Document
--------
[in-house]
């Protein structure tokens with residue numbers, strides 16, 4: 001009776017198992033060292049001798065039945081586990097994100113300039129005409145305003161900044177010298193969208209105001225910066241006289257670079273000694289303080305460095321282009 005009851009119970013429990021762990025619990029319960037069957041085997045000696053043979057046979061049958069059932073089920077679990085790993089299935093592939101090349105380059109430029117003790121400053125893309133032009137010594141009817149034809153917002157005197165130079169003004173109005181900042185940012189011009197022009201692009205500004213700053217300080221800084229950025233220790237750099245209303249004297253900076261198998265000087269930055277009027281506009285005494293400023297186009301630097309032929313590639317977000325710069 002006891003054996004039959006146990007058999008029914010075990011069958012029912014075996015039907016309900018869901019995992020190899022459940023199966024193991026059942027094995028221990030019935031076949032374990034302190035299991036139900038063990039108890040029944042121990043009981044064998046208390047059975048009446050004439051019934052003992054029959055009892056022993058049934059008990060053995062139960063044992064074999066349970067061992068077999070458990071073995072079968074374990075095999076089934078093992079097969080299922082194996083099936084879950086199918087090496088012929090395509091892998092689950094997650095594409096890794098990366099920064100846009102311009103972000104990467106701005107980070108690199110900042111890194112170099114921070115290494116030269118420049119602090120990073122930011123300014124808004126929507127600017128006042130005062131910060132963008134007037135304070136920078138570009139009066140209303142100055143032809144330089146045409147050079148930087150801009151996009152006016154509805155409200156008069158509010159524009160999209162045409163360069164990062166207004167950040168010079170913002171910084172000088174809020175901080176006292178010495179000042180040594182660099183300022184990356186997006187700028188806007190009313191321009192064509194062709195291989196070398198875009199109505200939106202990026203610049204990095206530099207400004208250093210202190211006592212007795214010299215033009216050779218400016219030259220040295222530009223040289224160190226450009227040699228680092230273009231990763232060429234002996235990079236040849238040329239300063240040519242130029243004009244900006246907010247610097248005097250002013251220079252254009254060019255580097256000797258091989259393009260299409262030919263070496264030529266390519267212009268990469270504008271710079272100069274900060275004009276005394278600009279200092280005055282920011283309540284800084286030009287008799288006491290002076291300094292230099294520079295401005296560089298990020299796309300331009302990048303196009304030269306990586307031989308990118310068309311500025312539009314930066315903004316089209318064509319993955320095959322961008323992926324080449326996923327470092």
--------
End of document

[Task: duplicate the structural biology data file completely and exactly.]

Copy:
[in-house]
């Protein structure tokens with residue numbers, strides 16, 4: 001009776017198992033060292049001798065039945081586990097994100113300039129005409145305003161900044177010298193969208209105001225910066241006289257670079273000694289303080305460095321282009 005009851009119970013429990021762990025619990029319960037069957041085997045000696053043979057046979061049958069059932073089920077679990085790993089299935093592939101090349105380059109430029117003790121400053125893309133032009137010594141009817149034809153917002157005197165130079169003004173109005181900042185940012189011009197022009201692009205500004213700053217300080221800084229950025233220790237750099245209303249004297253900076261198998265000087269930055277009027281506009285005494293400023297186009301630097309032929313590639317977000325710069 002006891003054996004039959006146990007058999008029914010075990011069958012029912014075996015039907016309900018869901019995992020190899022459940023199966024193991026059942027094995028221990030019935031076949032374990034302190035299991036139900038063990039108890040029944042121990043009981044064998046208390047059975048009446050004439051019934052003992054029959055009892056022993058049934059008990060053995062139960063044992064074999066349970067061992068077999070458990071073995072079968074374990075095999076089934078093992079097969080299922082194996083099936084879950086199918087090496088012929090395509091892998092689950094997650095594409096890794098990366099920064100846009102311009103972000104990467106701005107980070108690199110900042111890194112170099114921070115290494116030269118420049119602090120990073122930011123300014124808004126929507127600017128006042130005062131910060132963008134007037135304070136920078138570009139009066140209303142100055143032809144330089146045409147050079148930087150801009151996009152006016154509805155409200156008069158509010159524009160999209162045409163360069164990062166207004167950040168010079170913002171910084172000088174809020175901080176006292178010495179000042180040594182660099183300022184990356186997006187700028188806007190009313191321009192064509194062709195291989196070398198875009199109505200939106202990026203610049204990095206530099207400004208250093210202190211006592212007795214010299215033009216050779218400016219030259220040295222530009223040289224160190226450009227040699228680092230273009231990763232060429234002996235990079236040849238040329239300063240040519242130029243004009244900006246907010247610097248005097250002013251220079252254009254060019255580097256000797258091989259393009260299409262030919263070496264030529266390519267212009268990469270504008271710079272100069274900060275004009276005394278600009279200092280005055282920011283309540284800084286030009287008799288006491290002076291300094292230099294520079295401005296560089298990020299796309300331009302990048303196009304030269306990586307031989308990118310068309311500025312539009314930066315903004316089209318064509319993955320095959322961008323992926324080449326996923327470092």